CD REVIEW: Elizabeth Woodbury Kasius & Heard’s “Flyway”

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By Jeff Waggoner

Flyway
Elizabeth Woodbury Kasius & Heard

The American experimental psychologist, Edwin Boring, did pioneering research in perceptual ambiguity. Look at the picture, and see a vase, or see the profile of two faces looking at each other.

I think of perceptual ambiguity when listening to Flyway, the new album by Troy’s Elizabeth Woodbury Kasius & Heard.

At first, Flyway seems just a sweet confection. A bubbly concoction.

But, under more scrutiny, the palatableness can’t mask its brilliance.

Music to tap your toes to, yes. To dance to, ditto. But a serious listen will also provide other rewards.

Eventually, you hear more than the obvious — not a surprise when you consider the musical pedigree of the prime composer of the works on this CD and those in her group.

While grasping at efforts to describe it, I saw CD Baby filed Flyway under “world fusion,” reasonably apt because of the presence of West African drummer Zorkie Nelson and Kasius’s own passion for Brazilian music. Then there is percussionist Brian Melick, whose own creations reflect a commitment to musical ecumenicalism.

But it is composer Elizabeth Woodbury Kasius’ own musical influences that I most hear.

She is pianist, yes, but also an ethnomusicologist who studied with a Brazilian pianist, a Nigerian Juju musician and trombonist Julian Priester, an alumni of Sun Ra’s Intergalactic Arkestra. The same Sun Ra who hailed from Saturn and produced otherworldly music.

Kasius has what musicians refer to as “big ears,” not in the anatomical sense, but as in listening to and absorbing the music of the world and then weaving it into her own creations.

Not sure that my ears are big enough to hear all the influences of Flyway or the multiplicity of voices and instruments (see list below) — some of which I am only dimly aware of — that have a comfortable presence in Kasius’ music. Most striking, perhaps, is the vast number of percussion instruments heard. They range from the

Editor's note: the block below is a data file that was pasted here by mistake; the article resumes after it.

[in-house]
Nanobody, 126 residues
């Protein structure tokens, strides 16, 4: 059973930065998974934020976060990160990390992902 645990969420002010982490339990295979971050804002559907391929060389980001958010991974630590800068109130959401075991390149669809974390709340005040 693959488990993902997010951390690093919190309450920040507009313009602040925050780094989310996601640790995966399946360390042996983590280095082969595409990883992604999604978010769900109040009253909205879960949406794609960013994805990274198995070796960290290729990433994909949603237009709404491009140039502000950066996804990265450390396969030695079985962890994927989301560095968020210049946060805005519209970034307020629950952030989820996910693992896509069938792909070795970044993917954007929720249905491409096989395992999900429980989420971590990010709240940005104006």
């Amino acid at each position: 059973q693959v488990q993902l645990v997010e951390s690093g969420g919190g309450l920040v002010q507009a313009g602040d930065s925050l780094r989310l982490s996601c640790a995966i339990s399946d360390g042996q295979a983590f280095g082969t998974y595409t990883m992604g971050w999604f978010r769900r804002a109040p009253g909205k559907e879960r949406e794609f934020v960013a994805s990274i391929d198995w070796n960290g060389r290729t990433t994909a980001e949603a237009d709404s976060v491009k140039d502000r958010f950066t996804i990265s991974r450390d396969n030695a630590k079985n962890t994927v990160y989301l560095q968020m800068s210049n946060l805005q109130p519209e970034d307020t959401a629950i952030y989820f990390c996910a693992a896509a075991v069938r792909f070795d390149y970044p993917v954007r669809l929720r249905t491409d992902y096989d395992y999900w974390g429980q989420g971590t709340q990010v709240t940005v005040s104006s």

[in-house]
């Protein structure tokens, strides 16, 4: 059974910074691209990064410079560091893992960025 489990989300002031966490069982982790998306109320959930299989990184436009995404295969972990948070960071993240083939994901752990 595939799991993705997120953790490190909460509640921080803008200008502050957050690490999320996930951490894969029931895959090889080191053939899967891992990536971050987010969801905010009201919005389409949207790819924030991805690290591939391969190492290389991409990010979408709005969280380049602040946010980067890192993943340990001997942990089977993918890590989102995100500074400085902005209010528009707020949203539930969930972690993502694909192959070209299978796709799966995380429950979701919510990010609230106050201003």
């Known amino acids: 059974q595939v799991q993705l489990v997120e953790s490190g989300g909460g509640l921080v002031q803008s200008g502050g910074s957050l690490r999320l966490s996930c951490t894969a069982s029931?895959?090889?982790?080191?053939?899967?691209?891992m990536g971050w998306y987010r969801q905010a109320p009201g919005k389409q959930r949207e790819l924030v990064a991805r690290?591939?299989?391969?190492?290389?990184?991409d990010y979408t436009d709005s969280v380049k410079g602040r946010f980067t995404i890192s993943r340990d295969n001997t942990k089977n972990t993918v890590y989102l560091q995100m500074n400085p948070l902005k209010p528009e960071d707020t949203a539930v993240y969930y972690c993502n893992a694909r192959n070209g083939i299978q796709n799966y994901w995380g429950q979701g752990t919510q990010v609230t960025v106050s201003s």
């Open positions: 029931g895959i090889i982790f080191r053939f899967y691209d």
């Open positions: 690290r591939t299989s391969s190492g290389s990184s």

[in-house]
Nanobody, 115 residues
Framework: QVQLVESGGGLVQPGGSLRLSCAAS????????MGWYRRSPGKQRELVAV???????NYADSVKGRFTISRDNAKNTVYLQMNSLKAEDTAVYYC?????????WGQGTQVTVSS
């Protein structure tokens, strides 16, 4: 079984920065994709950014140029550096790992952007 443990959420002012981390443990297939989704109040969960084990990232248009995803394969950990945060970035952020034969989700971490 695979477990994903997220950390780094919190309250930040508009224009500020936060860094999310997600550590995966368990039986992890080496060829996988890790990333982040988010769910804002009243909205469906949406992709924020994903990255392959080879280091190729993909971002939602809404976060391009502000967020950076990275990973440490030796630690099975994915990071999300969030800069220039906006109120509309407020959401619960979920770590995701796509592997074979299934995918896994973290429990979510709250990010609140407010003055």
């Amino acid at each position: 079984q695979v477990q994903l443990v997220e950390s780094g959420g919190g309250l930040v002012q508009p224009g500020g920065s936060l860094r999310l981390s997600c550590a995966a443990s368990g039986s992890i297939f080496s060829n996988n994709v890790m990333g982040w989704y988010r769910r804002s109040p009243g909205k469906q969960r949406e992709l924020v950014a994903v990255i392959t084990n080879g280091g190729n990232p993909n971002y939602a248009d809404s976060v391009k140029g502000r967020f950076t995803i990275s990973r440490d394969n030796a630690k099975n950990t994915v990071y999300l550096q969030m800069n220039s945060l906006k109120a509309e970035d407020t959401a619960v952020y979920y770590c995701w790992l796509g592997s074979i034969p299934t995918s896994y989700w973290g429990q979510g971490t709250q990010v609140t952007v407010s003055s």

Brazilian surdo to the Nigerian udu and Tibetan prayer bells. Trinidadian steel pans accompany a children’s choir on the song “Mama Bukom” by Nelson, and there are layers of voices throughout the album.

While the instruments and voices — and the textures they produce — are numerous, the music is never chaotic or overwhelming, but clear and evocative.

It works like a Rorschach test for me. The first cut, for example — “Market Song” — brings to mind some of the jumpy tunes of the Microscopic Septet and the smart compositions of Joel Forrester. With the woodwinds of Jonathan Greene, I am reminded of Tin Hat and even the German acoustic group Quadro Nuevo. The smart, clear bass work of Bobby Kendall provides a steady, comfortable anchor to the music, bringing me to jazz, pure and simple. And the voices make me think of Return to Forever and the Brazilian singer Flora Purim. Return to Forever, founded in 1972 by Chick Corea, was among the first “jazz fusion” bands, and it was among the first crossover groups — along with Weather Report and the Mahavishnu Orchestra — to introduce jazz to a new audience.

With Flyway, Kasius & Heard is also opening doors to new worlds of music. Highly recommended as a gift to anyone who wants to open ears.

Personnel:
Elizabeth Woodbury Kasius: piano, keyboard, percussion, vocals
Zorkie Nelson: percussion, vocals
Jonathan Greene: woodwinds, vocals
Bobby Kendall: bass
Brian Melick: percussion
George Muscatello: – electric guitar
Aston Ellis: steel drums
Melora Creager: cello
Victor Sungarian: French horn
Mitsuko Suzuki: violin
Ade Knowles: shekere
Benjamin Apang, Kelly Bird, Kristi Brown, Garland Nelson: vocals
Scarlett Crouse, Madeleine Garth, Cy & Ruby Greco, Lily & Reed Kasius, Hazel Moon,
Gloria Nelson, Caona Vaaccaro-Asili: children’s choir
Joel Moss: producer

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